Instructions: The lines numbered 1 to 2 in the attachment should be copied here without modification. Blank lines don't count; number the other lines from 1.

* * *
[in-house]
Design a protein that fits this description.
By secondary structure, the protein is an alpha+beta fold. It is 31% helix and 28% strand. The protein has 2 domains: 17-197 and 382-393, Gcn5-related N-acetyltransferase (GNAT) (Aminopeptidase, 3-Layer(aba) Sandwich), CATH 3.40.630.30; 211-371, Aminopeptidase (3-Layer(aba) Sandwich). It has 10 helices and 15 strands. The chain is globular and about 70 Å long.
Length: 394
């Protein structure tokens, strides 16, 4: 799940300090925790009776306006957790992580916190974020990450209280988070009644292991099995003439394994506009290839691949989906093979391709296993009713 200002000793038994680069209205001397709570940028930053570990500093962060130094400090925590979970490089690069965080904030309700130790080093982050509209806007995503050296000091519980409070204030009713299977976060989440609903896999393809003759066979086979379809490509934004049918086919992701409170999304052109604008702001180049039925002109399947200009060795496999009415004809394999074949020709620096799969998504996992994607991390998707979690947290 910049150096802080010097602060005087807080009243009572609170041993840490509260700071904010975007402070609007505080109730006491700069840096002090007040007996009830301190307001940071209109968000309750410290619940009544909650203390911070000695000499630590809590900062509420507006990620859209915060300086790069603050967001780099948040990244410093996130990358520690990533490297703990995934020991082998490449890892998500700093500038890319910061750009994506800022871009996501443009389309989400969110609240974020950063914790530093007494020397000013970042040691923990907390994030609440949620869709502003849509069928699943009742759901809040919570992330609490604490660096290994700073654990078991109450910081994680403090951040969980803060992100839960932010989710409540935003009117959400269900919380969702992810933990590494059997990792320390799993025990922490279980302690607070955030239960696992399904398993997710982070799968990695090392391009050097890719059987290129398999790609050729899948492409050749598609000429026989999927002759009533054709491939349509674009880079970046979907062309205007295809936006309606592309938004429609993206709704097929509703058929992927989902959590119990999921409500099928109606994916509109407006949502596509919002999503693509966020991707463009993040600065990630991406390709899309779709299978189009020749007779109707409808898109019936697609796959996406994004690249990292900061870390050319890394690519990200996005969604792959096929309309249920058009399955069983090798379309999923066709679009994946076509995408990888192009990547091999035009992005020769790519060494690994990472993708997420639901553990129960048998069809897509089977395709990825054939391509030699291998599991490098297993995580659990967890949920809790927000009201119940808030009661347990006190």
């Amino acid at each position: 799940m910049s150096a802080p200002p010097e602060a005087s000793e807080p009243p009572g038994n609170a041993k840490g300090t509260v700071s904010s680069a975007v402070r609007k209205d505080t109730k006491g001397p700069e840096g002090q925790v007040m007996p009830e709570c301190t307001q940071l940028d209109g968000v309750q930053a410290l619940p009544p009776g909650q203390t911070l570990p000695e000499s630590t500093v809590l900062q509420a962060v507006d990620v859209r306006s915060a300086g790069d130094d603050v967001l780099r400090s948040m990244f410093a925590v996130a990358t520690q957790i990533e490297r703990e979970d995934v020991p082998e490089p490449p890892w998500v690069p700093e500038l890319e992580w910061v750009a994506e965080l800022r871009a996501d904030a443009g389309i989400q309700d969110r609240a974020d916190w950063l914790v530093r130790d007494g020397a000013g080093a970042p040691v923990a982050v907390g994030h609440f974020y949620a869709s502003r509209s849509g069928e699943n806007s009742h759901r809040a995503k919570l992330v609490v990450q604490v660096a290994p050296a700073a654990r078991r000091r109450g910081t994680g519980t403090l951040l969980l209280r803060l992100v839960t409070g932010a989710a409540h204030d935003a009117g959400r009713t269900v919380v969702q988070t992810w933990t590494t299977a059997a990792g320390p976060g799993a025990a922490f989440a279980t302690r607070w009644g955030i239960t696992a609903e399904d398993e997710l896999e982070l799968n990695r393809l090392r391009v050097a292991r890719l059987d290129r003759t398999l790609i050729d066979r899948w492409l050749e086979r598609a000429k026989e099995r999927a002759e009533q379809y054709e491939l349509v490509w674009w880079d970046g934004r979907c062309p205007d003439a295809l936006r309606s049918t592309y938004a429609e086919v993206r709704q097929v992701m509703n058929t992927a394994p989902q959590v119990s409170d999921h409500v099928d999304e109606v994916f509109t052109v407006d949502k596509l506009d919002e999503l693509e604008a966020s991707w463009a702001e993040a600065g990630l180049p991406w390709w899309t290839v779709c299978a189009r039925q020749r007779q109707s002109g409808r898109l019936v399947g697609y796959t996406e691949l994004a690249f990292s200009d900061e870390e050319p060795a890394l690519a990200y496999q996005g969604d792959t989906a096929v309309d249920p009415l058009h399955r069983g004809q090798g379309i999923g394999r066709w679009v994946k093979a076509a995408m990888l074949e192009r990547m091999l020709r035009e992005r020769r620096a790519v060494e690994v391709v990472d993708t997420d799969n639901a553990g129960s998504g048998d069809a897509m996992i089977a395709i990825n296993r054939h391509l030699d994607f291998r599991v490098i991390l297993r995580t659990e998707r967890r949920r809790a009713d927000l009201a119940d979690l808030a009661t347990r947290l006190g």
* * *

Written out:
[in-house]
Design a protein that fits this description.